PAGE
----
Hmm, the human body is such a complex instrument (as are almost all life-forms, and we are naturally largely similar to the others) that generations of scientists and doctors have specialized in attempting to understand and deal with even so-called minor components of it. Yes somehow a vastly simplified view of any aspect is going to give on insight into all the complexities, with no further effort needed? I don't buy it.
And yet -- it is precisely so, although effort is still required. Systems which are too chaotic to be predicted nevertheless have demonstrable, if devilishly complex rhythms and patterns that obey VERY simple iterative laws. The intricate complexity of resulting behavior does not imply complexity of the cause or principle that produces it.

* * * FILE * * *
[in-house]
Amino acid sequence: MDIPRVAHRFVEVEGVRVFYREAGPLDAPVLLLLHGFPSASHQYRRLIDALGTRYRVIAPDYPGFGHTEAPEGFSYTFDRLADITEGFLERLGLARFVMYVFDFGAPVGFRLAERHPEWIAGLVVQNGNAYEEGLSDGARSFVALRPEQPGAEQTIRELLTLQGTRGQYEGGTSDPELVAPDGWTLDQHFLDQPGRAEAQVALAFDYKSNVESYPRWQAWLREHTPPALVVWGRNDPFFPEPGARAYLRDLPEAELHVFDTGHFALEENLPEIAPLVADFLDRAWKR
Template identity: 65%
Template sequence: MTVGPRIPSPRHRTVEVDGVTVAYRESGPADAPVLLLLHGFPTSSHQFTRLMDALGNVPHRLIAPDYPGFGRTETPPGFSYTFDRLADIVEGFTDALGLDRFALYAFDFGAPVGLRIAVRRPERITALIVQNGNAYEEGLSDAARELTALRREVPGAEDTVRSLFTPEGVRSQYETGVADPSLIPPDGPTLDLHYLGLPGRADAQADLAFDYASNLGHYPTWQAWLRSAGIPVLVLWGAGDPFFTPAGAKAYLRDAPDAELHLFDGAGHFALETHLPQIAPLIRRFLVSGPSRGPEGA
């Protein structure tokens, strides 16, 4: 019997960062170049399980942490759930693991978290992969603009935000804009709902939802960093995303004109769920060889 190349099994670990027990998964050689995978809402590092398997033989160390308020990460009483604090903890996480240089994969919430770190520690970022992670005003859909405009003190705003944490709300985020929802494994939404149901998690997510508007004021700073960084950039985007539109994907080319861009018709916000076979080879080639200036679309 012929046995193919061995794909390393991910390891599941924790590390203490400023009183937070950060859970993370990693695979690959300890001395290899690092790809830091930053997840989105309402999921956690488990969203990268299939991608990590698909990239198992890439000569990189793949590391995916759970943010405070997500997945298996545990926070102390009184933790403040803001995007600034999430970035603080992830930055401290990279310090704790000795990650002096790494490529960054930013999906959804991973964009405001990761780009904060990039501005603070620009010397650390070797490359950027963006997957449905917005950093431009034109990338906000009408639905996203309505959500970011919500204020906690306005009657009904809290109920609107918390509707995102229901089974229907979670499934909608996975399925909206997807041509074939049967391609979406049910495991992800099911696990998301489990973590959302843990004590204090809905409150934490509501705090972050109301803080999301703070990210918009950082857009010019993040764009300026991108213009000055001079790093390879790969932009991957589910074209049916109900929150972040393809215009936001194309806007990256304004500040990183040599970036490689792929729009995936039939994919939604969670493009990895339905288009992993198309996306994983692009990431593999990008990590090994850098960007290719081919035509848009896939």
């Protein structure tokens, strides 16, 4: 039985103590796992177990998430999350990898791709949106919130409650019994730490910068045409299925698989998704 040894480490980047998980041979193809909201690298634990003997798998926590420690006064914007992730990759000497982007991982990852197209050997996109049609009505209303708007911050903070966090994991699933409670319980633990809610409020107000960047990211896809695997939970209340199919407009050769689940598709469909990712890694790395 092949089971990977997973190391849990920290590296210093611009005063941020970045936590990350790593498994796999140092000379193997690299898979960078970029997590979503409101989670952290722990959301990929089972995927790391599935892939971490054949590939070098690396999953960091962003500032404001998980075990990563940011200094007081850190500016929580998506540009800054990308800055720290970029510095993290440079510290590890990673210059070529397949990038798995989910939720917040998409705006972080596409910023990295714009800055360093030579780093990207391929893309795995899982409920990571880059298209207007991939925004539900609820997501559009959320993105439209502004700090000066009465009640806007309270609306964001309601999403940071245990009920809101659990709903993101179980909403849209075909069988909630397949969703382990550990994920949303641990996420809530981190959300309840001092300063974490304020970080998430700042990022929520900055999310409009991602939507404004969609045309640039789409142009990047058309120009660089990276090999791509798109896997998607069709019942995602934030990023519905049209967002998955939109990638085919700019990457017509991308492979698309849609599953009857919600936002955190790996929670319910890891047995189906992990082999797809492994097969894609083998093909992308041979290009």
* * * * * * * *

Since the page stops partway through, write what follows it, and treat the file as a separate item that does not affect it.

The following bifurcation diagram can be generated by the simple linear increase of the rate of flow to a dripping faucet, each point representing the time between drops (y axis) at the rate of flow (x axis).
So do not disregard the reality of simple causes underlying complex events.